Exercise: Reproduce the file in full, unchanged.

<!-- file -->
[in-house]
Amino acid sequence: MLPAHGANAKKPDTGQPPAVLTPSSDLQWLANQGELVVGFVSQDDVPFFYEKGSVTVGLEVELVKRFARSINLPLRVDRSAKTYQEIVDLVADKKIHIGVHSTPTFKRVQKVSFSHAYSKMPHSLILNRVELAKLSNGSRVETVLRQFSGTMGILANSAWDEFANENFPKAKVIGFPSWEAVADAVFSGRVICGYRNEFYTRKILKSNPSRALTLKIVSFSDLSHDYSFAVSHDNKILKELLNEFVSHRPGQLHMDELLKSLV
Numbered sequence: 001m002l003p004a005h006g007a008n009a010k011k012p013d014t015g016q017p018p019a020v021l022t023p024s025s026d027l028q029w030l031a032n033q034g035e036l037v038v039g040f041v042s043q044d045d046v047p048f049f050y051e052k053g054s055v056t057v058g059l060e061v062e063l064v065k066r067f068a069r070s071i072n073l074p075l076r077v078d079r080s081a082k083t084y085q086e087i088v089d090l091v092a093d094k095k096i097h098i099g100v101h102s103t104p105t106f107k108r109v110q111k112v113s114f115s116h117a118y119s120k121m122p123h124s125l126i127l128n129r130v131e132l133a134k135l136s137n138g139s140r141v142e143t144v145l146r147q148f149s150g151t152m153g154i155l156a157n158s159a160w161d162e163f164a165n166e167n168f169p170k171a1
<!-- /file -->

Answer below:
[in-house]
Amino acid sequence: MLPAHGANAKKPDTGQPPAVLTPSSDLQWLANQGELVVGFVSQDDVPFFYEKGSVTVGLEVELVKRFARSINLPLRVDRSAKTYQEIVDLVADKKIHIGVHSTPTFKRVQKVSFSHAYSKMPHSLILNRVELAKLSNGSRVETVLRQFSGTMGILANSAWDEFANENFPKAKVIGFPSWEAVADAVFSGRVICGYRNEFYTRKILKSNPSRALTLKIVSFSDLSHDYSFAVSHDNKILKELLNEFVSHRPGQLHMDELLKSLV
Numbered sequence: 001m002l003p004a005h006g007a008n009a010k011k012p013d014t015g016q017p018p019a020v021l022t023p024s025s026d027l028q029w030l031a032n033q034g035e036l037v038v039g040f041v042s043q044d045d046v047p048f049f050y051e052k053g054s055v056t057v058g059l060e061v062e063l064v065k066r067f068a069r070s071i072n073l074p075l076r077v078d079r080s081a082k083t084y085q086e087i088v089d090l091v092a093d094k095k096i097h098i099g100v101h102s103t104p105t106f107k108r109v110q111k112v113s114f115s116h117a118y119s120k121m122p123h124s125l126i127l128n129r130v131e132l133a134k135l136s137n138g139s140r141v142e143t144v145l146r147q148f149s150g151t152m153g154i155l156a157n158s159a160w161d162e163f164a165n166e167n168f169p170k171a1